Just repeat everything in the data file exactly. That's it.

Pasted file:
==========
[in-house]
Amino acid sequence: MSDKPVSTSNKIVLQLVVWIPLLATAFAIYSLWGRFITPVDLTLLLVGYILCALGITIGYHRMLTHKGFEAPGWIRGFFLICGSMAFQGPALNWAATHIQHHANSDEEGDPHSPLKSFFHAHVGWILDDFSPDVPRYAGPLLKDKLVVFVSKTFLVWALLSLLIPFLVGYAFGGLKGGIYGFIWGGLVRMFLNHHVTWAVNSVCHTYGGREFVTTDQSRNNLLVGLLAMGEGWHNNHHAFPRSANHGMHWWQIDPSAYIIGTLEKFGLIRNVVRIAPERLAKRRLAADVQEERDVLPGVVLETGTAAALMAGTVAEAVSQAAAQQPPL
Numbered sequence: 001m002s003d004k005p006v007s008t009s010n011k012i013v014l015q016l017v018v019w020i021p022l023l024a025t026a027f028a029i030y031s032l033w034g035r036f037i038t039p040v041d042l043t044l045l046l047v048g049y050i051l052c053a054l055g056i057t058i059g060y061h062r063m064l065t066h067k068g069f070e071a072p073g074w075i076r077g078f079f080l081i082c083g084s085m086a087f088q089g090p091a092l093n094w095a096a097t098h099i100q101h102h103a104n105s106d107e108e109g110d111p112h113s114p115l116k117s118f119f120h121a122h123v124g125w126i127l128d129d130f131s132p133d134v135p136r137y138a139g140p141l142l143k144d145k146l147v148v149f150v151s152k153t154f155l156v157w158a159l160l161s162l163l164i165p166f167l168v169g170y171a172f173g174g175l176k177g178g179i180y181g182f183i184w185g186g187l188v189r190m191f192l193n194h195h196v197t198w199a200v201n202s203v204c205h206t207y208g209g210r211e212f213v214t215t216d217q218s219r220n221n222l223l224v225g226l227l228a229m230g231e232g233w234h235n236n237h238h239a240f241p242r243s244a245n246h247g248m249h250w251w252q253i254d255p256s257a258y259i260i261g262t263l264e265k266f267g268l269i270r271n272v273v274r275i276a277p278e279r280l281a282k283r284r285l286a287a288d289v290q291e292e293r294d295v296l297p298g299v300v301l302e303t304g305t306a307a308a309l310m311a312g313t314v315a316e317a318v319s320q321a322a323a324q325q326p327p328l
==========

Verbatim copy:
[in-house]
Amino acid sequence: MSDKPVSTSNKIVLQLVVWIPLLATAFAIYSLWGRFITPVDLTLLLVGYILCALGITIGYHRMLTHKGFEAPGWIRGFFLICGSMAFQGPALNWAATHIQHHANSDEEGDPHSPLKSFFHAHVGWILDDFSPDVPRYAGPLLKDKLVVFVSKTFLVWALLSLLIPFLVGYAFGGLKGGIYGFIWGGLVRMFLNHHVTWAVNSVCHTYGGREFVTTDQSRNNLLVGLLAMGEGWHNNHHAFPRSANHGMHWWQIDPSAYIIGTLEKFGLIRNVVRIAPERLAKRRLAADVQEERDVLPGVVLETGTAAALMAGTVAEAVSQAAAQQPPL
Numbered sequence: 001m002s003d004k005p006v007s008t009s010n011k012i013v014l015q016l017v018v019w020i021p022l023l024a025t026a027f028a029i030y031s032l033w034g035r036f037i038t039p040v041d042l043t044l045l046l047v048g049y050i051l052c053a054l055g056i057t058i059g060y061h062r063m064l065t066h067k068g069f070e071a072p073g074w075i076r077g078f079f080l081i082c083g084s085m086a087f088q089g090p091a092l093n094w095a096a097t098h099i100q101h102h103a104n105s106d107e108e109g110d111p112h113s114p115l116k117s118f119f120h121a122h123v124g125w126i127l128d129d130f131s132p133d134v135p136r137y138a139g140p141l142l143k144d145k146l147v148v149f150v151s152k153t154f155l156v157w158a159l160l161s162l163l164i165p166f167l168v169g170y171a172f173g174g175l176k177g178g179i180y181g182f183i184w185g186g187l188v189r190m191f192l193n194h195h196v197t198w199a200v201n202s203v204c205h206t207y208g209g210r211e212f213v214t215t216d217q218s219r220n221n222l223l224v225g226l227l228a229m230g231e232g233w234h235n236n237h238h239a240f241p242r243s244a245n246h247g248m249h250w251w252q253i254d255p256s257a258y259i260i261g262t263l264e265k266f267g268l269i270r271n272v273v274r275i276a277p278e279r280l281a282k283r284r285l286a287a288d289v290q291e292e293r294d295v296l297p298g299v300v301l302e303t304g305t306a307a308a309l310m311a312g313t314v315a316e317a318v319s320q321a322a323a324q325q326p327p328l